Chainsaw carver sets up shop in Harpersville
HARPERSVILLE – Joshua Gates carves new wood sculptures with a chainsaw every day off Alabama 25 in Harpersville.
It is his artwork and passion, but it is also a career.
Gates sells his pieces to passers-by near the intersection with U.S. 280 and also produces carvings on orders from repeat customers or people who have learned of his work by word of mouth.
Gates, a 28-year-old from upstate New York, came to Harpersville by chance about two months ago, but the town has become his base of operations as he hones his craft and builds his business.
“It’s a real blessing,” he said. “It has granted me all the freedom I could have ever wanted. It doesn’t feel like work. I like to spread cheer.”
In addition to carving from pieces of wood, Gates can carve stumps, which led him to Harpersville.
After carving a stump at a residence on Lake Logan Martin in June 2015, Gates received a request for a piece from someone in Birmingham.
Harpersville happened to be halfway. He met the customer there and ended up making friends at Bigman’s restaurant, which is adjacent to his work site, and securing a business license.
Gates travels to various locales—white spruce in New York, cypress in Florida and black walnut in Michigan—for material for his creations.
In those areas, what might be considered a rare wood in central Alabama is so plentiful that he can usually acquire what he needs without paying for it—instead he barters with carvings and hauls the material back in a box truck he bartered for along with an RV.
“I’m a real connoisseur of wood grain and the different qualities wood has,” Gates said.
Gates got started in chainsaw carving after he met a man carving sculptures at the Sterling Renaissance Festival in New York a couple of years ago.
“We just kind of hit it off,” Gates said. “Next thing you know, we were headed off to Colorado, where I started my training.”
Though he had no experience with chainsaw carving, Gates had a desire to be the “best ever,” he said.
“I had never touched a chainsaw,” he said. “It was terrifying in the beginning—and not to mention physically exhausting.”
Gates started out carving what he wanted and then hoped someone would buy the pieces. As the business has grown, however, orders fill most of his days.
“There’s so much demand that it’s like a full-time job,” Gates said. “It had to evolve that way. In the beginning, I couldn’t do something someone asked for specifically.”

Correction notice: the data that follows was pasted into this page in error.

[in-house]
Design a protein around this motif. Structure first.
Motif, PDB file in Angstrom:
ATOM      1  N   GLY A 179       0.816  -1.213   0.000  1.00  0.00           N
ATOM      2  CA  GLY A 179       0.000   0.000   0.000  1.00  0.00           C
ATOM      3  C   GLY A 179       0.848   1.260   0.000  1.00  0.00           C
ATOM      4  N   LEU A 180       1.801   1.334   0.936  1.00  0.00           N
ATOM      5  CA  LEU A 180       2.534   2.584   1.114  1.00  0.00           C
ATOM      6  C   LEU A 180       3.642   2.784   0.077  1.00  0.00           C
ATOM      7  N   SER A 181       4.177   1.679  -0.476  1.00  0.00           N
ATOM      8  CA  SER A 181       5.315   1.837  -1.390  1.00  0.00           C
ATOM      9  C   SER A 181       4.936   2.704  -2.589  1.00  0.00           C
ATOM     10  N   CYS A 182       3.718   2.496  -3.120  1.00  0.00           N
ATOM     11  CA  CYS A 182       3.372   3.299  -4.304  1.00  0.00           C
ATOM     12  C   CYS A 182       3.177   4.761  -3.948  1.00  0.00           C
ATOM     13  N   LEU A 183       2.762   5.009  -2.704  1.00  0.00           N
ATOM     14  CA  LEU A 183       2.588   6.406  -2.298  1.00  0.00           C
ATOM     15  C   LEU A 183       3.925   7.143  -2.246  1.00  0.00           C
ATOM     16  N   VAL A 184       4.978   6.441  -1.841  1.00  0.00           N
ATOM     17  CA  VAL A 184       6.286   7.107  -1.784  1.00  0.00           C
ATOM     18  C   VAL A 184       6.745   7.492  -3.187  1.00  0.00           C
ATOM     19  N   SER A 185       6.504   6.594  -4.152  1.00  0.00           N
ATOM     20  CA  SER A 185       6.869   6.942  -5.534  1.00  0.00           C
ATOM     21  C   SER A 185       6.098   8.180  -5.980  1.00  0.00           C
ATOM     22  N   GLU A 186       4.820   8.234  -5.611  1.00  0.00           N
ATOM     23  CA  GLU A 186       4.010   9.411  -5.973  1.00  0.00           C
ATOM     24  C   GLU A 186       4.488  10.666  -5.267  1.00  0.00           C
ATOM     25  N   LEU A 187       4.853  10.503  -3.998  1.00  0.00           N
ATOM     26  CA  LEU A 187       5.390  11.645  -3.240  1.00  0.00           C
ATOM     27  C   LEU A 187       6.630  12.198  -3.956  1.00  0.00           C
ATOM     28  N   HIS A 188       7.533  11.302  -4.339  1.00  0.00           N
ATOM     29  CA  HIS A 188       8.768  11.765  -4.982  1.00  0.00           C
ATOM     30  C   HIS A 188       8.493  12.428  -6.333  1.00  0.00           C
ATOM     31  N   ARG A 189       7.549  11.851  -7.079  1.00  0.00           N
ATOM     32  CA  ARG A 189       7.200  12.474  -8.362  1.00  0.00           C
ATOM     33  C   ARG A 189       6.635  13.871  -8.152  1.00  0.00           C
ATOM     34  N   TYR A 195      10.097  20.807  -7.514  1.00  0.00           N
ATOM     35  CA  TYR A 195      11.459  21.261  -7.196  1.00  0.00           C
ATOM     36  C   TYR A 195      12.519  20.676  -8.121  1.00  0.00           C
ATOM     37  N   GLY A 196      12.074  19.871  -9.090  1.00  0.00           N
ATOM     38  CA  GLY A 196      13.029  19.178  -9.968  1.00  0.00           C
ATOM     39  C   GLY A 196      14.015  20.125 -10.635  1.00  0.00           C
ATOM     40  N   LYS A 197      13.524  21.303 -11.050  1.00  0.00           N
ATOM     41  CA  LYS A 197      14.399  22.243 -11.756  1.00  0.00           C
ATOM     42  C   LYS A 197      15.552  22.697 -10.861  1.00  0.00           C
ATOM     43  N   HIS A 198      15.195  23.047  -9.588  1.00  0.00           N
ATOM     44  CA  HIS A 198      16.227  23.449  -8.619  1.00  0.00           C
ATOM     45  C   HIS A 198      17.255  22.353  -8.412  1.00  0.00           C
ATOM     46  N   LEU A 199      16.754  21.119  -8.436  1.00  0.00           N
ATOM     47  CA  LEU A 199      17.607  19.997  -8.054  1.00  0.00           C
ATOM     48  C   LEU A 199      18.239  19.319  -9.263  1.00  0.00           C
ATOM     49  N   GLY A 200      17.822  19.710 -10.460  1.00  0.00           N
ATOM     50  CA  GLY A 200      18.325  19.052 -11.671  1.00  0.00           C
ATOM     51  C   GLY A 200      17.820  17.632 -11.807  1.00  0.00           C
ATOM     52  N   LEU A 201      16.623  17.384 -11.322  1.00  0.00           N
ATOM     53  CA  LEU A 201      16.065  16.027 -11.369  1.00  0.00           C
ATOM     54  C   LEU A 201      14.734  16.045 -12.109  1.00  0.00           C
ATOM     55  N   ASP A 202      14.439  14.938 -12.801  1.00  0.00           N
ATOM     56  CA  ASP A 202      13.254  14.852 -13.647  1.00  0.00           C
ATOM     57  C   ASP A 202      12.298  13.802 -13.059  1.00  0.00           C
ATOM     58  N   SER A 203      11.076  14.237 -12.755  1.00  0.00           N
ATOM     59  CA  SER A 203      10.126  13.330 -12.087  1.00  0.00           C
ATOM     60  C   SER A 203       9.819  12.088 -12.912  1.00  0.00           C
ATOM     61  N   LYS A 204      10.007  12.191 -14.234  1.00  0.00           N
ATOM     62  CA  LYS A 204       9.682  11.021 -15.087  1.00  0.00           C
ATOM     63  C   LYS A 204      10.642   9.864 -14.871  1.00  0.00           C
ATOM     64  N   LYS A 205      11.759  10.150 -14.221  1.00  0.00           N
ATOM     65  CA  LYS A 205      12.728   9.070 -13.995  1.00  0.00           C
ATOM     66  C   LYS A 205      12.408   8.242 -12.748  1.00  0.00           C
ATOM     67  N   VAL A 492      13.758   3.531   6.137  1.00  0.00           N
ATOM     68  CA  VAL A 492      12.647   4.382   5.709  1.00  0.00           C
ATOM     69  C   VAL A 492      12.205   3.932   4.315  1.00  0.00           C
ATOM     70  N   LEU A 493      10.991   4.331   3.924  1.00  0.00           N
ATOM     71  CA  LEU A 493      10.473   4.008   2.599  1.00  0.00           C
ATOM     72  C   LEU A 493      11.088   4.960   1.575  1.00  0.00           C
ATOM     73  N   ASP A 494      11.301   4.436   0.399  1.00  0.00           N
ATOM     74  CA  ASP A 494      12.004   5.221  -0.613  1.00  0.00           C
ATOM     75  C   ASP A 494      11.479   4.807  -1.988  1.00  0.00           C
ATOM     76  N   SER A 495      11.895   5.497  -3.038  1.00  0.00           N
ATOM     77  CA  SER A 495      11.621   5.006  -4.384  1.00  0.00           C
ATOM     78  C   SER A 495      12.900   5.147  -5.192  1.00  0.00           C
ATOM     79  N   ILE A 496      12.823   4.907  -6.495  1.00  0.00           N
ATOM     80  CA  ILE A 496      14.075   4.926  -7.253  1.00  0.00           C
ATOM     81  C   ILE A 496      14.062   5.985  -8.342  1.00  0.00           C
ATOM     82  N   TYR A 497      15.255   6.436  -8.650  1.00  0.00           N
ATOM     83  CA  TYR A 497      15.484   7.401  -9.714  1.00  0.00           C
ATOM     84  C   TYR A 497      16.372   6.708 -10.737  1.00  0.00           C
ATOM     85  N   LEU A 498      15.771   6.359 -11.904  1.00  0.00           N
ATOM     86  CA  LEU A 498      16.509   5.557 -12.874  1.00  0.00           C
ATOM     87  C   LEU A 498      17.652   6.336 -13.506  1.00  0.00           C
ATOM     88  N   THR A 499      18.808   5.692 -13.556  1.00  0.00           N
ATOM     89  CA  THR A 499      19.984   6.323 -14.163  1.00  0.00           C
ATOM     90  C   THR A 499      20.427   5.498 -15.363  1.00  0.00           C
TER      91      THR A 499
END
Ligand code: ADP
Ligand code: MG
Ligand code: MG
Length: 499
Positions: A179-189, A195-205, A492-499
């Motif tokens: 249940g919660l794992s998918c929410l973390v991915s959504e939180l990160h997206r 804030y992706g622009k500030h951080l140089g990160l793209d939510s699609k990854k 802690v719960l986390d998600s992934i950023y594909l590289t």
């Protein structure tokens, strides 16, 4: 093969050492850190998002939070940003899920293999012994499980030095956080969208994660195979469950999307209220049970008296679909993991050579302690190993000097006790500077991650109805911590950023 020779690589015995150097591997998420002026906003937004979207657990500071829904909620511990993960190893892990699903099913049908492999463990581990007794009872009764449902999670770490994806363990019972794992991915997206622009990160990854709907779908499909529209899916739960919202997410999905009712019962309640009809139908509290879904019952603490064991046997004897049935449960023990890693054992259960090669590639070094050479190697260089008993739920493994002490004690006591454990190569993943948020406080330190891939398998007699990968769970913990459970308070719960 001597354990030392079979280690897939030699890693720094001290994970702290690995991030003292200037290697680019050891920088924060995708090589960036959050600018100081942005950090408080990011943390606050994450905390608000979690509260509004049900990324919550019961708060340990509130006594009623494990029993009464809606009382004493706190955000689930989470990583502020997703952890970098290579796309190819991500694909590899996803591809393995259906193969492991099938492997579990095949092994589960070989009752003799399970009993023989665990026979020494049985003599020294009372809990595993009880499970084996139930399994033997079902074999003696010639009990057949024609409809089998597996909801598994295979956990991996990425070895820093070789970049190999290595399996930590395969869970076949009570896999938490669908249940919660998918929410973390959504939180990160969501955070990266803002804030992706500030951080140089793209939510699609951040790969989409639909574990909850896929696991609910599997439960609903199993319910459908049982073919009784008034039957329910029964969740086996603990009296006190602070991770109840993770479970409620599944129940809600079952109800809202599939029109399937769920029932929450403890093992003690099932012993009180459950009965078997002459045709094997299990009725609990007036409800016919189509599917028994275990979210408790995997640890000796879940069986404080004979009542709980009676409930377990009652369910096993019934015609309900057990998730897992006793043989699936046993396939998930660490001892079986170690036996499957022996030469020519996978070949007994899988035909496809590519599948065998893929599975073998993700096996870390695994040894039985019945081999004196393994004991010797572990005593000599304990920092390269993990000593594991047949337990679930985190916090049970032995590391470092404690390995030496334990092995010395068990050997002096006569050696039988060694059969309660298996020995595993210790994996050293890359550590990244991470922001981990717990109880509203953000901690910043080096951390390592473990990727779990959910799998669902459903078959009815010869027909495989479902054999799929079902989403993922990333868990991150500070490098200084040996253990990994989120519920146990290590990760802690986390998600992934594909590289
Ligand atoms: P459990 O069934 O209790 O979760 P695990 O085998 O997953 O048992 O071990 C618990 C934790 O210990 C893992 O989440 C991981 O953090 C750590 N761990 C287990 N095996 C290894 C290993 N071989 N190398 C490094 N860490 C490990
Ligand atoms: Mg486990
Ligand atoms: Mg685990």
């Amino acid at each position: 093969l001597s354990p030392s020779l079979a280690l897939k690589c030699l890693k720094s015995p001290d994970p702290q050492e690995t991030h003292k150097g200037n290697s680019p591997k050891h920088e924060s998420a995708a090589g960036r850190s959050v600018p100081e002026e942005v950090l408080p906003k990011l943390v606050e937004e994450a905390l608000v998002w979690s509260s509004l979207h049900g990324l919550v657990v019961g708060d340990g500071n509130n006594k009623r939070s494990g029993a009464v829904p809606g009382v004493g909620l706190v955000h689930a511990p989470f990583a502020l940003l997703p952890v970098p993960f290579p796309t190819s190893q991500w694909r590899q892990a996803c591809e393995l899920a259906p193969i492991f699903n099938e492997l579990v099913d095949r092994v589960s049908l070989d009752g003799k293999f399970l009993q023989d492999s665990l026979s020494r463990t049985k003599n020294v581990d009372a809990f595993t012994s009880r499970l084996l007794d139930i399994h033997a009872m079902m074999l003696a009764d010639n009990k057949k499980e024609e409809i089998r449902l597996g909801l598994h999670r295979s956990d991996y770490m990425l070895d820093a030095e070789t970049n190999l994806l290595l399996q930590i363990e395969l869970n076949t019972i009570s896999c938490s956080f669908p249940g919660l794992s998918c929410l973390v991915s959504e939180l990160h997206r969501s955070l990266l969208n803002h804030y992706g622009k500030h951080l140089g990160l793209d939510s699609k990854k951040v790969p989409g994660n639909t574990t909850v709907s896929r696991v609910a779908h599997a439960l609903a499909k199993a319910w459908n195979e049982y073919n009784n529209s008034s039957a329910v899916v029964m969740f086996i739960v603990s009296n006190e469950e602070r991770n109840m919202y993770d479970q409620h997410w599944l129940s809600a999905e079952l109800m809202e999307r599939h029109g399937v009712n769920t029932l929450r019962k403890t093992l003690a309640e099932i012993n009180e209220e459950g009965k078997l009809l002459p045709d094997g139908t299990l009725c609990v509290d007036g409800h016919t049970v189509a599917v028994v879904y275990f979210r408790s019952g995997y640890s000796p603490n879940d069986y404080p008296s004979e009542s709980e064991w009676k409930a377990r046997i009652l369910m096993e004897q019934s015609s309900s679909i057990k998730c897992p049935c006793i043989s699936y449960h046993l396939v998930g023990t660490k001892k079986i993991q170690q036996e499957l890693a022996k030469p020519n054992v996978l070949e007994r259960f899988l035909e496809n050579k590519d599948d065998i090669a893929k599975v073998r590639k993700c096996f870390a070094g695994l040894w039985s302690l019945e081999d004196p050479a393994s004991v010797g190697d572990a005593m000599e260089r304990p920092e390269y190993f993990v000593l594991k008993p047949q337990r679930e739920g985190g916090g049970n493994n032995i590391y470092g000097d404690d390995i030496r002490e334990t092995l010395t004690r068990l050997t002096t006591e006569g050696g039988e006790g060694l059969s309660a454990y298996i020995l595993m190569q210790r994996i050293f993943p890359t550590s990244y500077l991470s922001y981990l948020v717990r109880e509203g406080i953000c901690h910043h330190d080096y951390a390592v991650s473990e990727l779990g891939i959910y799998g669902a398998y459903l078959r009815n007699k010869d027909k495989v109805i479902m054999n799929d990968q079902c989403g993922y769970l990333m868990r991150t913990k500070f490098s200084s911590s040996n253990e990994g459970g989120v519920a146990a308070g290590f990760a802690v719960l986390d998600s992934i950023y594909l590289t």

The availability of the material used for a certain piece is a major component in Gates’ prices. Some of the wood he uses was cut in the 1800s and has been underwater for 100 years.
“Really what people are buying is a piece of history,” Gates said.
Still, a piece Gates might sell for $500 could have an actual value of closer to $5,000.
“If it’s a sculpture I’ve never done, I’ll give a big price break because I consider it a chance to learn,” Gates said.
Gates has been carving wood with a chainsaw for only about 16 months, which pales in comparison to the lifelong experience boasted by many of his competitors at international events he has been invited to—including the Chaptacular Chainsaw Carving Bash in Gray, Georgia; the New York State Chainsaw Carving Championship and the Ridgway Chainsaw Carvers Rendezvous in Pennsylvania.
To avoid overheating while competing, Gates usually carves while wearing a cowboy hat, no shirt, no shoes and no safety equipment, which has made him somewhat of a celebrity.
Gates does use safety equipment when carving outside of competitions, including ear muffs with country or classical music playing.
Still, the Southern heat is an obstacle for the native New Yorker.
“You won’t see me here this June,” he said. “I miss the snow, but it is a big hindrance because I can’t be on the road making sales.”
To connect with Gates, search for “@abearsnecessity” on Facebook.
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